Friday, January 28, 2011

We the People...

EduCon 2.3 pre-events kicked off this morning in snowy Philadelphia.  Despite a second consecutive snow day for students, many were out in force at the Science Leadership Academy to help out and provide guided tours.  The school building itself is nondescript located among the many business blocks south of the city center, but it doesn't take long to get an impression from SLA students that it definitely is a place for learning. I was impressed with adult-like conversations by the students and explanations about what they see as to the similarities and differences between their school and others. They emphasized the rigor in their classrooms but also talked about the use of technology and social networking as tools for learning. You could sense from their enthusiasm that SLA is definitely a unique school.

It wasn't lost on me either that we are meeting at a school devoted to creative and innovative ways of learning, in the city where 204 years ago 55 delegates from the several states met to hammer out a creative and innovative form of government. Just a mile away from SLA stands Independence Hall, where George Washington presided over a hot summer of debate around what a "government of the people" should look like.  Interestingly, education was not part of these debates nor is it referred to in any part of our Constitution.  According to the Cato Institute,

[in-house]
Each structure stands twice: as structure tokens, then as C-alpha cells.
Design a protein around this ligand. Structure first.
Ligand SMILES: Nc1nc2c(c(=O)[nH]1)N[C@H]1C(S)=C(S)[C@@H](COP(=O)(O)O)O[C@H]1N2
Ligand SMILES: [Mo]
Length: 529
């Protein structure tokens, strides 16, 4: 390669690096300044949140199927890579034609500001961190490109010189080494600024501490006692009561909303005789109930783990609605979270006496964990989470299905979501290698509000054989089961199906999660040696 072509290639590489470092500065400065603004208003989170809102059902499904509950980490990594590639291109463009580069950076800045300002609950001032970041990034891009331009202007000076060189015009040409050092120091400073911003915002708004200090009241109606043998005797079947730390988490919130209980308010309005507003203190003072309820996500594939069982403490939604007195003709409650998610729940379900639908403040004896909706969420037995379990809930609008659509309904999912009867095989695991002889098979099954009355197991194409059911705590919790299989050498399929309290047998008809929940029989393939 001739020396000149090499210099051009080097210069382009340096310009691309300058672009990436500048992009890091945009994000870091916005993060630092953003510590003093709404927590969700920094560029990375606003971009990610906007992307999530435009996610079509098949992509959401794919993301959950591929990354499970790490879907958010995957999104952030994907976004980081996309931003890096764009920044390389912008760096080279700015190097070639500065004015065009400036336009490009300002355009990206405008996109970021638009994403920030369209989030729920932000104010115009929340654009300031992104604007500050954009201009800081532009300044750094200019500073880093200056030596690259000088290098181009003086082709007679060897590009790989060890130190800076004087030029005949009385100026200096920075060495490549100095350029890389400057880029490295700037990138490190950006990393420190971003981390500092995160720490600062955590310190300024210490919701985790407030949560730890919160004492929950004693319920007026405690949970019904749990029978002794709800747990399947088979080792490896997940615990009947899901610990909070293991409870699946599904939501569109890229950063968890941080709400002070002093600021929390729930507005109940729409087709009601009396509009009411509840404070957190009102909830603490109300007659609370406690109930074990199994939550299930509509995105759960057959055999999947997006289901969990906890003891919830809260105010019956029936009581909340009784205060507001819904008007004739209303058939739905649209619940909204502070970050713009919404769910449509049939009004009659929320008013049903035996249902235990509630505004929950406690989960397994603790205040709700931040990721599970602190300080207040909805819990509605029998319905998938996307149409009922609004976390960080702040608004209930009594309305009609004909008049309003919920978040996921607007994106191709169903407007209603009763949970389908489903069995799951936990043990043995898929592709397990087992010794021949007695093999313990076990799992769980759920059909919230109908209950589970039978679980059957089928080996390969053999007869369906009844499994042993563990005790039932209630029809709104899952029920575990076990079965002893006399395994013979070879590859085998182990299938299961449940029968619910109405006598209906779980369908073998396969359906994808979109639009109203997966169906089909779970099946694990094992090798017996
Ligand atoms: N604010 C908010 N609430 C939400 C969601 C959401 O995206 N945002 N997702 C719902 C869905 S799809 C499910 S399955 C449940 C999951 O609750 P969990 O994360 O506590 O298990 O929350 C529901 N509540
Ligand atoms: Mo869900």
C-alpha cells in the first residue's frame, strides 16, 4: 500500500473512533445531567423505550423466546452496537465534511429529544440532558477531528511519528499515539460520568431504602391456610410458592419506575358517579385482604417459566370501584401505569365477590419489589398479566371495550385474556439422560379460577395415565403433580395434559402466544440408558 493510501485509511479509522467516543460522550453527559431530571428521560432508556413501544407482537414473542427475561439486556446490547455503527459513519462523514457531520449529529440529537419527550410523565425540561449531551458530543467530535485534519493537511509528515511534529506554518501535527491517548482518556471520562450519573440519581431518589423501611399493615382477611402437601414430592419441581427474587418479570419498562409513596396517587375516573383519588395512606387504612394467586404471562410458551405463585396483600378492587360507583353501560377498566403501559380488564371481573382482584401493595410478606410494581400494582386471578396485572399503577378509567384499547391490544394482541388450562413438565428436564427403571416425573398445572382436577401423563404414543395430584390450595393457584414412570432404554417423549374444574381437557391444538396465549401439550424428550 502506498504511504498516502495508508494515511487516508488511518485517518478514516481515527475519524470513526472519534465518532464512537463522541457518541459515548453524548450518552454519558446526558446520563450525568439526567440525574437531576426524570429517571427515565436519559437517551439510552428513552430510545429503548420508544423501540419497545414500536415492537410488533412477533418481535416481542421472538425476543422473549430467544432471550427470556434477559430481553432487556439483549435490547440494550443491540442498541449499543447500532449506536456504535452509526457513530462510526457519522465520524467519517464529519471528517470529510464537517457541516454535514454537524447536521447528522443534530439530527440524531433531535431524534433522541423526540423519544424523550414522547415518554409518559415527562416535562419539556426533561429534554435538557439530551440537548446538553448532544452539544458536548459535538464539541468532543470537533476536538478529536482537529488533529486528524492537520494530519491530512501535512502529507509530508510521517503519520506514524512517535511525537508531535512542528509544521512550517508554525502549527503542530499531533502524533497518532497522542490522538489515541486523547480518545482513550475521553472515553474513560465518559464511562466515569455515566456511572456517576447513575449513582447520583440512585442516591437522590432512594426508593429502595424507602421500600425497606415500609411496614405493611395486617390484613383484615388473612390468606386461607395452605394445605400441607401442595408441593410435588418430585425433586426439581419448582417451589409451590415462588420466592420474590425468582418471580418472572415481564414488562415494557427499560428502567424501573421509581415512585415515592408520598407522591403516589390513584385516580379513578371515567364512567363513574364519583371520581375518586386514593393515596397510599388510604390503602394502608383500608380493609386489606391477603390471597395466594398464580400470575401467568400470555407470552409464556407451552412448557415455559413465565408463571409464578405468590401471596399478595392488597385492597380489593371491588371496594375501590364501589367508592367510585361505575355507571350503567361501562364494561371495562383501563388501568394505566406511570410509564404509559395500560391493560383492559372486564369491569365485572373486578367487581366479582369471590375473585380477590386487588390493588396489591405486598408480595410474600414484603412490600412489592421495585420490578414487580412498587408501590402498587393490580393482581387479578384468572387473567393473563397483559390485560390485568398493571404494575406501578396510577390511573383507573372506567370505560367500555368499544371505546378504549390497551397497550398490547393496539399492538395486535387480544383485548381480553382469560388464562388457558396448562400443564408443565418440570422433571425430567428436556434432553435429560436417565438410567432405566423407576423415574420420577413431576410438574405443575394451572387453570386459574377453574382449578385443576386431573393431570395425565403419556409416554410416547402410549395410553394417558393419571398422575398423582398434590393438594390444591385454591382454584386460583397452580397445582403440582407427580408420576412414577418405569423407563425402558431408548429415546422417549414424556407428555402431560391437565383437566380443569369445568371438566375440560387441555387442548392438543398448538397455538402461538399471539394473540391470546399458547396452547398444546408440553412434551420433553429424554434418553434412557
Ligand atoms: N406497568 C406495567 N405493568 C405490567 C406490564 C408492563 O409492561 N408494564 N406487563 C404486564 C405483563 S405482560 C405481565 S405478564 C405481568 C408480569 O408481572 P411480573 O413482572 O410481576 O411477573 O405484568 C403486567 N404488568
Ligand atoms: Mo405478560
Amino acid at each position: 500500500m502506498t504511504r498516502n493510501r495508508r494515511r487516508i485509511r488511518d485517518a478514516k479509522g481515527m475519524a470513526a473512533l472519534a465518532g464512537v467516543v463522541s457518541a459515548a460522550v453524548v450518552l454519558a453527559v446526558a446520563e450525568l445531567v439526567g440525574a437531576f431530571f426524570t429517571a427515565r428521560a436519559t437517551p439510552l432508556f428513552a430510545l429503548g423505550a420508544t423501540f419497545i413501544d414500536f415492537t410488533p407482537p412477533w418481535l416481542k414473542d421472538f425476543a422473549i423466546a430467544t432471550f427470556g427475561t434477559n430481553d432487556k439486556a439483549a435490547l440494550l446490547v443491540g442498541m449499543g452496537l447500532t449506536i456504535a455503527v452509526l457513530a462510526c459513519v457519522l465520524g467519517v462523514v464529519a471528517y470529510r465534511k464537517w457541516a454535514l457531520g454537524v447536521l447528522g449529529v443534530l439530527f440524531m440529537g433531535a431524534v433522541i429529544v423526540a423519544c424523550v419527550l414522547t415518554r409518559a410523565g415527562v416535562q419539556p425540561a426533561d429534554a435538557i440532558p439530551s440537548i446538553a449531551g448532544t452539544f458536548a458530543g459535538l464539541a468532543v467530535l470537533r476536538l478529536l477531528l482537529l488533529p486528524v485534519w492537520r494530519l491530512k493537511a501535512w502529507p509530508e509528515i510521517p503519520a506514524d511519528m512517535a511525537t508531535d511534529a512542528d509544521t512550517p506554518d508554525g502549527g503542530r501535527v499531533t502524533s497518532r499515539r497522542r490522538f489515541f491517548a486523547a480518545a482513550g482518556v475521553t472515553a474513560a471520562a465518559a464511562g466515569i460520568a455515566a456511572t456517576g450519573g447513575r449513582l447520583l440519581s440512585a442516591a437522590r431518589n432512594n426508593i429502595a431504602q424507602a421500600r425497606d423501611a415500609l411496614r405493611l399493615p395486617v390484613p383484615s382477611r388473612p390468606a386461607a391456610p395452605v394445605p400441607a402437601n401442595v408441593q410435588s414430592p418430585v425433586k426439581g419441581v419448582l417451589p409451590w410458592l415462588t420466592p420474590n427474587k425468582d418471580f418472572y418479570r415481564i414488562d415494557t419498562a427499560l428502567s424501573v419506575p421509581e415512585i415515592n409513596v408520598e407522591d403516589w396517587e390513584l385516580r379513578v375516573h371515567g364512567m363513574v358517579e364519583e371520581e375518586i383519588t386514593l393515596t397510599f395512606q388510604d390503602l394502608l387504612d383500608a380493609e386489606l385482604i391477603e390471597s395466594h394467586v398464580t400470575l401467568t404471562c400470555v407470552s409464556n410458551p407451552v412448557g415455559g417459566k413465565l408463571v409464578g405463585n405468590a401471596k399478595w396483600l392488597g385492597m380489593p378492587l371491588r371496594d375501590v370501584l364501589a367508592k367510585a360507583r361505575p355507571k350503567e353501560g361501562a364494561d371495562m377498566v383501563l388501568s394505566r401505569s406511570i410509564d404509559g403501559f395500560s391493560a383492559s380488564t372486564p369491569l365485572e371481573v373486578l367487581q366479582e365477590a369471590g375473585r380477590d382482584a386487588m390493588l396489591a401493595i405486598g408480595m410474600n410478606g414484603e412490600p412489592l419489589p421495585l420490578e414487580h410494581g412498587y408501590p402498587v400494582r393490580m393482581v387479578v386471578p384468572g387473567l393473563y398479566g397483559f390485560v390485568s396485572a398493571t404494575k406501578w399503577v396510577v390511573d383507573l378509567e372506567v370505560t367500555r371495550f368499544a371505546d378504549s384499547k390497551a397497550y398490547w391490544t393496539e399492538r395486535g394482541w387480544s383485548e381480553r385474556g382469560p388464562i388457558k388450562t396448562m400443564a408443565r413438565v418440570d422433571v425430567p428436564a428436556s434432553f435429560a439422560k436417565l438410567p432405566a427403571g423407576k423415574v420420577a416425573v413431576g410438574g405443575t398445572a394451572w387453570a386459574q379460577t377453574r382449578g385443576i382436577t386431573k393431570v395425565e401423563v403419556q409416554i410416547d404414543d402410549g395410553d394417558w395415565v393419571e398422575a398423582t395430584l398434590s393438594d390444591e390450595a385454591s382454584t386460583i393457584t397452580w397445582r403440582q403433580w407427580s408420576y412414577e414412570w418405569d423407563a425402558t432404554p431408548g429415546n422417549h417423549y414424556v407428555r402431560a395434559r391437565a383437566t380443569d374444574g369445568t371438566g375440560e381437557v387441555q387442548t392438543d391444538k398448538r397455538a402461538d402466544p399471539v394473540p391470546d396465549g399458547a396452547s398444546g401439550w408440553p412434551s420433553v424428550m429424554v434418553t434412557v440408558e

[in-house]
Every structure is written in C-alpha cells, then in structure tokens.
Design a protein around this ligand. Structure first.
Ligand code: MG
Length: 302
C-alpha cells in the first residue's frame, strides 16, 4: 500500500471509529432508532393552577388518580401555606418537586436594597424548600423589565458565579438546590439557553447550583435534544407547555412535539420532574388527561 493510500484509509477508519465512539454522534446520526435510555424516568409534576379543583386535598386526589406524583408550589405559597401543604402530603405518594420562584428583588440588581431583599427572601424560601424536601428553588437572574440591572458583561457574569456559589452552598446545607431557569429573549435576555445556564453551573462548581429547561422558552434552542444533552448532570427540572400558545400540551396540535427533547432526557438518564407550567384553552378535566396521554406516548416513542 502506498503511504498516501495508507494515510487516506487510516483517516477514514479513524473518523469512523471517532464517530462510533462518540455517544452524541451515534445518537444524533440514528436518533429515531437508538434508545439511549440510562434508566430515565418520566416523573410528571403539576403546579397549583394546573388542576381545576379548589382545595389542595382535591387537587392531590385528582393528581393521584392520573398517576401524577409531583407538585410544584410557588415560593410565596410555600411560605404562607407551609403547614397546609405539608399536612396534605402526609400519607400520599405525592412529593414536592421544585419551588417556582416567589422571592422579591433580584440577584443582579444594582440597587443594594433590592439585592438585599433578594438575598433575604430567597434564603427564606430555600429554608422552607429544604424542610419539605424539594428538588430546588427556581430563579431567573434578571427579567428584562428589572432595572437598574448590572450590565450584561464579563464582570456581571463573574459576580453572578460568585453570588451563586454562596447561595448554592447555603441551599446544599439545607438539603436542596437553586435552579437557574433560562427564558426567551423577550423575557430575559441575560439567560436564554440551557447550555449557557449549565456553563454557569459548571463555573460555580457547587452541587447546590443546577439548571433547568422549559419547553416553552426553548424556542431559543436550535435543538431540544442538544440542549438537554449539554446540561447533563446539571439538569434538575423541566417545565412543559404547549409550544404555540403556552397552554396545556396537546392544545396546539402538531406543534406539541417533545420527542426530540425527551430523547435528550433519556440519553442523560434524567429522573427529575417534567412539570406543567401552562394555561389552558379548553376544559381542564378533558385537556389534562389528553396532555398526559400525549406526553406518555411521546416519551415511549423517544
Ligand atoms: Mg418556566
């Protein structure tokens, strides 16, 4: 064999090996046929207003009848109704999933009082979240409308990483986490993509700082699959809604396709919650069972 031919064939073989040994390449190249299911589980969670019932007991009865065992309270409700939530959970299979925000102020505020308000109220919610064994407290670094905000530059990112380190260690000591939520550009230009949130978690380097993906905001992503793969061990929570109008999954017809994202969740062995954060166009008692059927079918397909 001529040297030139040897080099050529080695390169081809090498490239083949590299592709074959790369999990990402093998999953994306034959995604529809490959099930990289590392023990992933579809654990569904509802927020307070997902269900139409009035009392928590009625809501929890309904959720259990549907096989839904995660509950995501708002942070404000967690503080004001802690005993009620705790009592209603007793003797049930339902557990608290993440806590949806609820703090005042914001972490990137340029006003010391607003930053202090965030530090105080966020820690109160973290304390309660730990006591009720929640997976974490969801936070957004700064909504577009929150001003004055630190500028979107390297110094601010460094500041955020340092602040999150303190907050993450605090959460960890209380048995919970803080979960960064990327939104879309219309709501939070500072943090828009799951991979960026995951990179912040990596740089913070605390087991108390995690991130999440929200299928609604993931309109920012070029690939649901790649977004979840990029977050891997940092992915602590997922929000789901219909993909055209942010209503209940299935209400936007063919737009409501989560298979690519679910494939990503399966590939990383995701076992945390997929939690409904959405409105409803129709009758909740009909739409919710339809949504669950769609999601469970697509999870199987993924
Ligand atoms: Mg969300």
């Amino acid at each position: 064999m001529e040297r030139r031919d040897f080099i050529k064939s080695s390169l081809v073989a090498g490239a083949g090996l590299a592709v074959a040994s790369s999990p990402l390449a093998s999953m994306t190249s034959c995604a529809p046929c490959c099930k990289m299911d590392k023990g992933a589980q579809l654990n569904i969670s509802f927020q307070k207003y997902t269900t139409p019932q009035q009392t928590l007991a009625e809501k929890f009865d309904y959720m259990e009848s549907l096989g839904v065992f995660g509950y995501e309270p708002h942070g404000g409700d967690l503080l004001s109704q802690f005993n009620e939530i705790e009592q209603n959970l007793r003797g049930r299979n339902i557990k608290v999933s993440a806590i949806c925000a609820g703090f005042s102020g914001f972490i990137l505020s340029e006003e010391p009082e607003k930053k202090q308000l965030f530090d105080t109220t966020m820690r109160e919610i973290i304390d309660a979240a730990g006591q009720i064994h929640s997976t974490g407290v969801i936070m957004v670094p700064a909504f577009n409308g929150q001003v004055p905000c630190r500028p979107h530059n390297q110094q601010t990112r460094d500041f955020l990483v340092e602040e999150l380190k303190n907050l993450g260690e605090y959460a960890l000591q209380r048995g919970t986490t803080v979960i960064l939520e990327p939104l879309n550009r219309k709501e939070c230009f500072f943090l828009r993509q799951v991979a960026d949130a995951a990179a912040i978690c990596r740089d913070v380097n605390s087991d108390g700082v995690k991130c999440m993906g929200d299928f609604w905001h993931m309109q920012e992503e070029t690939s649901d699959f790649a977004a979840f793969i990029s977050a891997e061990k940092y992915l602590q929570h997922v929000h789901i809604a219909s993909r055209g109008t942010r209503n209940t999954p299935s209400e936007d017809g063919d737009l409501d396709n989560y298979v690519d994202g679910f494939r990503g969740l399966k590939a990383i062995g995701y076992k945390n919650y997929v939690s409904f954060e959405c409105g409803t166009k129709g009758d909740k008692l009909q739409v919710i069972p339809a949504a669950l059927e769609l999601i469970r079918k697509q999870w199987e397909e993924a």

...the U.S. Constitution grants no authority over education to the federal government. Education is not mentioned in the Constitution of the United States, and for good reason. The Founders wanted most aspects of life managed by those who were closest to them, either by state or local government or by families, businesses, and other elements of civil society. Certainly, they saw no role for the federal government in education. ~ David Boaz

He went on to note that the U.S. Supreme Court confirmed this position in 1973 and that the reason the founders purposely left out a role for the federal government was their fear of "the concentration of power."  

Public education must change to meet the learning needs of 21st century students and institutions such as the Science Learning Academy are certainly leading the way. However, the overarching question on my mind as I visit this city where the great American experiment began, is whether or not the expanding intrusion of our national government in the area of education will in the long run help or hinder the right kind of reform?